Although few gay actors have been permitted the luxury of openness, many of them have challenged and helped reconfigure notions of masculinity and, to a lesser extent, of homosexuality.
Lesbian actresses have played a significant role in Hollywood, but their contributions have rarely been recognized or spoken of openly; the "lavender marriage" is by no means a relic of the past.
Considering the unique set of problems facing lesbians who want to produce erotic art for the enjoyment of other lesbians, it is remarkable that so much lesbian erotica has been produced in so brief a time.
Olympian Brian Orser, known for both his athleticism and artistry, led a resurgence of Canada as a force to be reckoned with in men's figure skating; after being outed in a palimony suit, he has become an advocate for glbtq rights.
Although American gay film icon Brad Davis has been described as "the first heterosexual actor to die of AIDS," he was widely known as bisexual within the entertainment community.
Handsome, athletic, graceful, and charismatic, actor Errol Flynn was widely rumored to enjoy sexual relations with men as well as women.
In nineteenth-century America men who loved other men often suffered from guilt, but artists such as Winslow Homer and Thomas Eakins celebrated male camaraderie and affection, while expatriate John Singer Sargent depicted the dandy, and photographs documented male friendships.
An artistic movement that grew out of Dadaism and flourished in Europe shortly after World War I, Surrealism embraced the idea that art was an expression of the subconscious.
On March 12, 2013, the Colorado House of Representatives approved a bill that authorizes civil unions for same-sex couples. The bill, which provides all the rights and responsibilities of marriage, was previously passed by the Senate and is supported by Governor John Hickenlooper, who will sign the bill into law. It will take effect on May 1, 2013.
The House approved the bill by a margin of 39 to 26, with two Republicans joining 37 Democrats in favor of the legislation. The bill passed the Senate last month on a 21-14 vote, with one Republican joining 20 Democrats in favor of the bill.
In 2012, Colorado Republicans in the state's House of Representatives filibustered a civil unions bill, then in a special legislative session called by Governor Hickenlooper, killed it on procedural grounds despite the fact that there were sufficient votes to pass it. The unethical tactics caused great frustration in the state's glbtq community. However, rather than simply accepting the defeat, activists made civil unions a major issue in the 2012 legislative campaign, and on November 6, 2012, Democrats captured control of both houses of the legislature.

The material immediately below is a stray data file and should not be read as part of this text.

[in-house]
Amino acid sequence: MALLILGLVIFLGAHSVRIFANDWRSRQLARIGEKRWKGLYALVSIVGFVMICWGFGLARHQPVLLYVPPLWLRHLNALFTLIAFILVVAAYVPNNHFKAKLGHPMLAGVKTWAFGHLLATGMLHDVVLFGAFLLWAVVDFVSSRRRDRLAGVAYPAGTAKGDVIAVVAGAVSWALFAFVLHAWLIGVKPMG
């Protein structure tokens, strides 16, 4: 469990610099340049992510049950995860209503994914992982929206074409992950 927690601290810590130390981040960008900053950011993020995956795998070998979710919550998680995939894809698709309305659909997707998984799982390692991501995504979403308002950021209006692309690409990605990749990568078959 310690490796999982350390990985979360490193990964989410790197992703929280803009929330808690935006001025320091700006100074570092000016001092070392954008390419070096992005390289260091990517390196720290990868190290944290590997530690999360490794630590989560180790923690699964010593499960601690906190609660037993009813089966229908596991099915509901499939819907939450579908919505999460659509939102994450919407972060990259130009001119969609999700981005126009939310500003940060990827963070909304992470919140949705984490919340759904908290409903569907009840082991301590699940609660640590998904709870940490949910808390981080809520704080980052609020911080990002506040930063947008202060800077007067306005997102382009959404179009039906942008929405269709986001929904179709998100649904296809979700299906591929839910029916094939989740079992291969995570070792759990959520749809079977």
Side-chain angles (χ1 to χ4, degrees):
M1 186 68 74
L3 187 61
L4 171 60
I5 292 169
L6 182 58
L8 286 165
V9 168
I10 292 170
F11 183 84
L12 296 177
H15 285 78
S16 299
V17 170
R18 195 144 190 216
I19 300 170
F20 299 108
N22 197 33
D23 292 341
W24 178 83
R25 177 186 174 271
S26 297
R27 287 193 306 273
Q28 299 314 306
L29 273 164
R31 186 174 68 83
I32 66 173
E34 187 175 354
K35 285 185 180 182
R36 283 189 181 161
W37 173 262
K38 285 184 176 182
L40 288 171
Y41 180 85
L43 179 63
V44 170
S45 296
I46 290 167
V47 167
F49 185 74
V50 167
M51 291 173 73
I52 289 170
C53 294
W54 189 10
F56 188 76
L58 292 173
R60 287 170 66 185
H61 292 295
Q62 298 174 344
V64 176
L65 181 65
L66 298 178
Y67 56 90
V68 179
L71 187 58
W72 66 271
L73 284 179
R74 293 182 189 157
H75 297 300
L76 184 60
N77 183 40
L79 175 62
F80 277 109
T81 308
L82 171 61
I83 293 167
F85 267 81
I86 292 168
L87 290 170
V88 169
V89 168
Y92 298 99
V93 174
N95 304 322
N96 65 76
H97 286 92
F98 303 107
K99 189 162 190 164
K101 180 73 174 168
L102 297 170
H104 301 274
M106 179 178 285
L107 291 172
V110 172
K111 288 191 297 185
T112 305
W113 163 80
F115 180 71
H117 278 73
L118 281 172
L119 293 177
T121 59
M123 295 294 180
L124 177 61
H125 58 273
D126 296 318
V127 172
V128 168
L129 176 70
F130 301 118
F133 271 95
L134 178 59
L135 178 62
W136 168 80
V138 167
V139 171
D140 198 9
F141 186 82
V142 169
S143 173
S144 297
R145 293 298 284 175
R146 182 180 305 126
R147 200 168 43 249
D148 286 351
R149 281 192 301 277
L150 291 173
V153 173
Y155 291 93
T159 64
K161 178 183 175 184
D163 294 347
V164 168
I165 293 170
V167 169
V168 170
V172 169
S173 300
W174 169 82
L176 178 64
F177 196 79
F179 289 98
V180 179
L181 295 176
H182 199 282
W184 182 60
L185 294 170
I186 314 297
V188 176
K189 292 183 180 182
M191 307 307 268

Even more delicious, openly gay Democrat Mark Ferrandino, who was a chief sponsor of the civil unions measure in 2012, was selected as Speaker of the House, replacing Republican Frank McNulty who killed the bill.
With a 37 to 28 Democratic majority in the House and a 20-15 majority in the Senate, the civil unions bill was placed on a fast track in 2013. Its passage is the fulfillment of years of struggle by Colorado's glbtq community.
The bill was sponsored by Senators Pat Steadman and Lucia Guzman and by Representatives Ferrandino and Sue Schafer.
Brad Clark, Executive Director of One Colorado, welcomed passage of the bill. "Across the country, we've seen a sea change in public opinion on this issue," he said. "A vast majority of Coloradans support providing committed same-sex couples with the security they need, and these fair-minded folks are glad to see civil unions finally passed."
Chad Griffin of the Human Rights Campaign said in a statement, "The passage of civil unions in the Centennial State is further proof that full equality for committed and loving gay and lesbian couples is in sight. From now on LGBT couples in Colorado will no longer be legal strangers in the eyes of their state, but rather recognized and supported by the law."
When the law takes effect on May 1, Colorado will join seventeen other states and the District of Columbia that offer comprehensive benefits and obligations to same-sex couples through either marriage, civil unions, or domestic partnerships.
Because Colorado voters adopted a constitutional amendment banning same-sex marriage in 2006, the civil unions bill is regarded as a temporary measure until the constitutional amendment is nullified by a judicial ruling or through a referendum.
In the video below, from February 8, 2013, openly gay Senator Pat Steadman introduces the civil unions bill in the Colorado state Senate.